CARDIAC VALVE ENDOTHELIAL CELLS: RELEVANCE IN THE LONG-TERM FUNCTION OF BIOLOGIC VALVE PROSTHESES

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Abstract

Objective:

For reasons that are still unclear, biologic heart valve prostheses undergo degeneration after implantation. We studied the possible role of the immune system in this process.

Methods:

We examined the expression of immunologically relevant molecules by human cardiac valve endothelium in situ and in vitro and studied re-endothelialization of implanted allogeneic and xenogeneic valvular surfaces using explanted bioprostheses and valves obtained from donor hearts at cardiac retransplantation.

Results:

We demonstrate that human cardiac valve endothelial cells express molecules capable of initiating immune responses and might therefore play a role in the degeneration of viable cardiac valve prostheses. Also, we show evidence of re-endothelialization on the surfaces of xenografts and allografts but not on valves obtained from previously transplanted hearts.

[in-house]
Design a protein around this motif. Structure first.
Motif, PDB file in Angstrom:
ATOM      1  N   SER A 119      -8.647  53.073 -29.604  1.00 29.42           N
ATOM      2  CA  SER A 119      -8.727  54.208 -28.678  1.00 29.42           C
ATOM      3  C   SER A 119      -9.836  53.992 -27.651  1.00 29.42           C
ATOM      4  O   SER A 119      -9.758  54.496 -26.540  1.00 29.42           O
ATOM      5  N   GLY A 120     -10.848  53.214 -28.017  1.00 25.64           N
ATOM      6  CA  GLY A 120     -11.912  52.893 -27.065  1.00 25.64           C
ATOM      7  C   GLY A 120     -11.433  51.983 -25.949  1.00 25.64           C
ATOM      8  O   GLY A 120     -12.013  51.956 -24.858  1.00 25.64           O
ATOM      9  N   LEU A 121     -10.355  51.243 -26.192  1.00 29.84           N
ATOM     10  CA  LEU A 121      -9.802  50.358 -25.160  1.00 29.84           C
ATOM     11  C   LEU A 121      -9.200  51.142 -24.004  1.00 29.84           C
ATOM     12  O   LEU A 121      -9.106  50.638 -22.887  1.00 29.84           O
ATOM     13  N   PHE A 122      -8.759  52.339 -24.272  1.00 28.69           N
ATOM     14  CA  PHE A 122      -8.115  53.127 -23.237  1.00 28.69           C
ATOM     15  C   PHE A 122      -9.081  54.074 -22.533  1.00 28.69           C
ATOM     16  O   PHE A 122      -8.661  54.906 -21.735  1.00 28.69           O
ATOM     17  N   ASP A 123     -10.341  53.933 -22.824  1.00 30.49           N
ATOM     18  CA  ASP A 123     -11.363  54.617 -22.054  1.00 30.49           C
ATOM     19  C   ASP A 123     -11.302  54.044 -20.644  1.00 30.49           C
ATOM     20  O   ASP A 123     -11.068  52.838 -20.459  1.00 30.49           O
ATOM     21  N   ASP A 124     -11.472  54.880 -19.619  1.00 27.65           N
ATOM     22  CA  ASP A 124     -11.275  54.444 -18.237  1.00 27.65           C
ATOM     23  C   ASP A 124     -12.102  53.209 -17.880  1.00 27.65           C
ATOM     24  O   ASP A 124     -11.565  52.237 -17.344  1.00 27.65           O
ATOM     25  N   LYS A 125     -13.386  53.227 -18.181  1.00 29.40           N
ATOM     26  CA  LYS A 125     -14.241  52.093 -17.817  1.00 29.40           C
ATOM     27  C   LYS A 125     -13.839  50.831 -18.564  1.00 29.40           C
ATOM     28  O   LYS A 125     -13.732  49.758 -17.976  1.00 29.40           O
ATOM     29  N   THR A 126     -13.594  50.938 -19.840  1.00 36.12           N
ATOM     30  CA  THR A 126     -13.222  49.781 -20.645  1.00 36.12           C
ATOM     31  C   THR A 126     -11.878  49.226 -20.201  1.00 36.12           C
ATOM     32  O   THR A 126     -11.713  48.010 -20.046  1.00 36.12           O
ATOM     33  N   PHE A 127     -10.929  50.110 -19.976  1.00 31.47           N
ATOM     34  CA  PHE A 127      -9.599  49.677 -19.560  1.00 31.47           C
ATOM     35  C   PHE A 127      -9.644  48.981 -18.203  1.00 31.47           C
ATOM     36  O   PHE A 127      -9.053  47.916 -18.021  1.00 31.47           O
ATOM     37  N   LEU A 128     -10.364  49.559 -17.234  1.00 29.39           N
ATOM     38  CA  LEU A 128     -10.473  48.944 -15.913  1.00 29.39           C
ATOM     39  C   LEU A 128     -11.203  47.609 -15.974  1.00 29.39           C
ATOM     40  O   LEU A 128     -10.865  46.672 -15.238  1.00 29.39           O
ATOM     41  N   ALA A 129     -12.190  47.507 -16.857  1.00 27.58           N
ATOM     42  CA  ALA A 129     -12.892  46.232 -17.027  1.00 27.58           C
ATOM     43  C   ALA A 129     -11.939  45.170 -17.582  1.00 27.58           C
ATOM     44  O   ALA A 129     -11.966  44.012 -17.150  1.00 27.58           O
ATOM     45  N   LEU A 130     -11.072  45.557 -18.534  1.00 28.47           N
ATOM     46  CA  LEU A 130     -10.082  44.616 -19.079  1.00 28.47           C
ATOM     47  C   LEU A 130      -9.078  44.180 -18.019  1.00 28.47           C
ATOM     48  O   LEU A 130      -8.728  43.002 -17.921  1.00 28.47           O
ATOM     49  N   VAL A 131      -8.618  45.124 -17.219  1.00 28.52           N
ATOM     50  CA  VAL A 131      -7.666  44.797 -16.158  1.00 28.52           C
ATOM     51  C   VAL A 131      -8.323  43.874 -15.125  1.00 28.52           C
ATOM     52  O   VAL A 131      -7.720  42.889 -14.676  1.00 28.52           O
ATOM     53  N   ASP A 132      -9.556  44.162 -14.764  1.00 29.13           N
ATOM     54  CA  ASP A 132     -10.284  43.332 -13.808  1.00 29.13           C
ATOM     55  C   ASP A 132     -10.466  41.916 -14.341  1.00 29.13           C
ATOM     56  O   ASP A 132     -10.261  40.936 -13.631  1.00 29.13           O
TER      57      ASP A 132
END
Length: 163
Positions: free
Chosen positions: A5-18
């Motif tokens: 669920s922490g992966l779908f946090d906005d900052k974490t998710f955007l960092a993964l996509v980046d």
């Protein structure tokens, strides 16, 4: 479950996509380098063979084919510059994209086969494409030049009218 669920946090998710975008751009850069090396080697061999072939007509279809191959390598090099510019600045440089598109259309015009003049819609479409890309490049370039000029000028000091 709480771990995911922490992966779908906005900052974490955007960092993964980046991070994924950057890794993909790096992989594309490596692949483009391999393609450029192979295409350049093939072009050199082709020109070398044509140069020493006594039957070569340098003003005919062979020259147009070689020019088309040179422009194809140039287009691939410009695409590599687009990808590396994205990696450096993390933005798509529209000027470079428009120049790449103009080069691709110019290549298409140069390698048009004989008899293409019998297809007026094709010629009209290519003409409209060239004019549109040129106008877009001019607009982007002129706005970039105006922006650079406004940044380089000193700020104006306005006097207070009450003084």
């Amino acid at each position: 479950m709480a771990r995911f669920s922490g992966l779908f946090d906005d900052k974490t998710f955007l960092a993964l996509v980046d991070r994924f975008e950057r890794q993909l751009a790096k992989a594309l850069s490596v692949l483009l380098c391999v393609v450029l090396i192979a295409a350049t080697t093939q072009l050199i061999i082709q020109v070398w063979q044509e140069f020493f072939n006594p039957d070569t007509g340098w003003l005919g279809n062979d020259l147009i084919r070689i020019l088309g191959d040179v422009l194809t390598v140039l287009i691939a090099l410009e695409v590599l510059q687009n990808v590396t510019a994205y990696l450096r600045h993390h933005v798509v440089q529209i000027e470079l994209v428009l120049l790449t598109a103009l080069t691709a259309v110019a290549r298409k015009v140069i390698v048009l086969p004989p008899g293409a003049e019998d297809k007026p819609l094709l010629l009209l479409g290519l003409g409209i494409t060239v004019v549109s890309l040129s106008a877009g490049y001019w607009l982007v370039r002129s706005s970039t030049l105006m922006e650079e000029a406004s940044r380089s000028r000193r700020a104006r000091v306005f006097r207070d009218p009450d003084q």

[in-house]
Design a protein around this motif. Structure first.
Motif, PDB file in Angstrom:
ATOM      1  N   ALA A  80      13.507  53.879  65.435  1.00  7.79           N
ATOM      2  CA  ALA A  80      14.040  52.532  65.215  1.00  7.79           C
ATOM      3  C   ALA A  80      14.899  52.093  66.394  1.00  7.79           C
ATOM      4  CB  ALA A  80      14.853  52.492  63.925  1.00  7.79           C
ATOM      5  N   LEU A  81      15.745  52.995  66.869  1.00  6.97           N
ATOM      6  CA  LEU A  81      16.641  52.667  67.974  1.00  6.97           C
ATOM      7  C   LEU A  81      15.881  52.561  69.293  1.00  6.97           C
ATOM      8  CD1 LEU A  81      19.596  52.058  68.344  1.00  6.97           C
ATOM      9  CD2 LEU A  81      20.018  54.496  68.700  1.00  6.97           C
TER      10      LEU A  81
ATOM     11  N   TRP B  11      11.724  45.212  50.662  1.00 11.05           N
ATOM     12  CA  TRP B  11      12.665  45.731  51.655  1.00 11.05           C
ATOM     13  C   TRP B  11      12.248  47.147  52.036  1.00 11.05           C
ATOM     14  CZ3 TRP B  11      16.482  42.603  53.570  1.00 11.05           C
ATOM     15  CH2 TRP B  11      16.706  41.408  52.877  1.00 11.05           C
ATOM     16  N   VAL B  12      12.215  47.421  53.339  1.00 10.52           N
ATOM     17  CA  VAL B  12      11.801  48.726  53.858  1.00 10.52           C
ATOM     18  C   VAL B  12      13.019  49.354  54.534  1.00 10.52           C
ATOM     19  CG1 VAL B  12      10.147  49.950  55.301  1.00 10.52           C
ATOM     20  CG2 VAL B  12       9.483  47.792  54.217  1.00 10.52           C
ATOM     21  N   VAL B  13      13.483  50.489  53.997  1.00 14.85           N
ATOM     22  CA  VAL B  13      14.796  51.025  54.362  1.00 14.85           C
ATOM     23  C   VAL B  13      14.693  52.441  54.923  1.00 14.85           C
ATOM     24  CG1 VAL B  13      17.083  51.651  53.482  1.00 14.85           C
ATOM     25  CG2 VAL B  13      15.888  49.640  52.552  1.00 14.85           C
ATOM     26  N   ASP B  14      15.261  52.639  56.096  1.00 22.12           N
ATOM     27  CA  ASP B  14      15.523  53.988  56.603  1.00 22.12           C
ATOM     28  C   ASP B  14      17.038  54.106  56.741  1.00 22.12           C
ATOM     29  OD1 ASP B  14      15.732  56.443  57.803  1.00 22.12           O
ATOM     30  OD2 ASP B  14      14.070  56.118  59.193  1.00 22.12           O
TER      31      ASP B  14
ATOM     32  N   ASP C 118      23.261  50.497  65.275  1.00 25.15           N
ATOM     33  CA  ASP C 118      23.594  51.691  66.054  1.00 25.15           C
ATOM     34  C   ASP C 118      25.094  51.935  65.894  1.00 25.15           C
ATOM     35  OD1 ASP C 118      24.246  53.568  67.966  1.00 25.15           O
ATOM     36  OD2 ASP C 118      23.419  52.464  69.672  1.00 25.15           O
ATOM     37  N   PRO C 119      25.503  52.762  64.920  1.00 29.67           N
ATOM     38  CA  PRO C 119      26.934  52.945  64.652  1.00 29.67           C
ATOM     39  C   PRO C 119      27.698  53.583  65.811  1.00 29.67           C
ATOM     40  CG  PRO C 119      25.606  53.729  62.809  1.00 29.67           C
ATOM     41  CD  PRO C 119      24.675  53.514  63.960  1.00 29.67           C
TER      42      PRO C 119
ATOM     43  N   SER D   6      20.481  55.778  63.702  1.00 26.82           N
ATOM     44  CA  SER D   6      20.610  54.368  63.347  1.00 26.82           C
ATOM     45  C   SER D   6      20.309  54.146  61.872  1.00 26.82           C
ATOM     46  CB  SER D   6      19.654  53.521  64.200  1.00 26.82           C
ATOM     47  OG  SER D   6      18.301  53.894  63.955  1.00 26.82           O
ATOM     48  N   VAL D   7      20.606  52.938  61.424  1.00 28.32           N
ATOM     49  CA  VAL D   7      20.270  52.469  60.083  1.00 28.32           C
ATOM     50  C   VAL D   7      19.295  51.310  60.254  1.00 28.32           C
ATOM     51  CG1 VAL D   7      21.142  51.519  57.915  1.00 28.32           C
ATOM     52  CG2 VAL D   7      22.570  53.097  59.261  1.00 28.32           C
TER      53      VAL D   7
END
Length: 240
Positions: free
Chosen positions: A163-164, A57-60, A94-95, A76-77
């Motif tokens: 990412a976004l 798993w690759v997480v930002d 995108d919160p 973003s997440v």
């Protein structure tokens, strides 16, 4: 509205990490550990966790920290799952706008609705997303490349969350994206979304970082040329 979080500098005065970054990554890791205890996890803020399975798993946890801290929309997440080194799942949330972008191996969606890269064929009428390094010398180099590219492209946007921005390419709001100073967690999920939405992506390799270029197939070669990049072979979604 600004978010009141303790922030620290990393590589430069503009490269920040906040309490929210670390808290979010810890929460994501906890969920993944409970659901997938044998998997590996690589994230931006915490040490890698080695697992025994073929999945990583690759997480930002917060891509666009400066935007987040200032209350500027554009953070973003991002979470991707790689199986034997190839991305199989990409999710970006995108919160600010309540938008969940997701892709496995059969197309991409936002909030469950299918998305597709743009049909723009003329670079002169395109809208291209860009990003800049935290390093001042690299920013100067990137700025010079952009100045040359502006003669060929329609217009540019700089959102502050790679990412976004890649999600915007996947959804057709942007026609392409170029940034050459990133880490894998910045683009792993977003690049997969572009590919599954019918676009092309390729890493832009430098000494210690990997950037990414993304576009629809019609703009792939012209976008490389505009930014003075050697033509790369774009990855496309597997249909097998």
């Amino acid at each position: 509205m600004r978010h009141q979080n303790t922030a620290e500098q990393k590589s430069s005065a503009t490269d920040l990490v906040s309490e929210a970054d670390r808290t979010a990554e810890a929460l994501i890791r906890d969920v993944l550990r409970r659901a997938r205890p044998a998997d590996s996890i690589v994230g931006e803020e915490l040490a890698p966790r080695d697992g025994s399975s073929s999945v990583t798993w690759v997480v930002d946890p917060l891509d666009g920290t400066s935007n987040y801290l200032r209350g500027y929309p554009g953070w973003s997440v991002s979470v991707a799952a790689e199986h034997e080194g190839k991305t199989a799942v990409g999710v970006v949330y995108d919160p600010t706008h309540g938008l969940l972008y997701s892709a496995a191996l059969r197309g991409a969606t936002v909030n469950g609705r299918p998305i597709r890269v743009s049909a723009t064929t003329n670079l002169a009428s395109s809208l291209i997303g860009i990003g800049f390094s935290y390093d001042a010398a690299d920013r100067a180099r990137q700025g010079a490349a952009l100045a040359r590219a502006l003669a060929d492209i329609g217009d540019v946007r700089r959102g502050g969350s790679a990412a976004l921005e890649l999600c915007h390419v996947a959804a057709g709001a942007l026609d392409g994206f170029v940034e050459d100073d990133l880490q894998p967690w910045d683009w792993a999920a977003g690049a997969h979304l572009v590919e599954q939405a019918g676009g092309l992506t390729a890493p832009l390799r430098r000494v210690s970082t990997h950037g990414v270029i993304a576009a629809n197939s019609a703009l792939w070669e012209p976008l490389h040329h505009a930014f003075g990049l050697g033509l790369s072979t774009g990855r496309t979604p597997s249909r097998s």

Conclusion:

Inasmuch as valves from previously transplanted hearts seem to be free from degeneration, we conclude that reduction of the immunogenicity of allograft valve prostheses by HLA matching or immunosuppressive treatment might further improve long-term results after allograft valve replacement.

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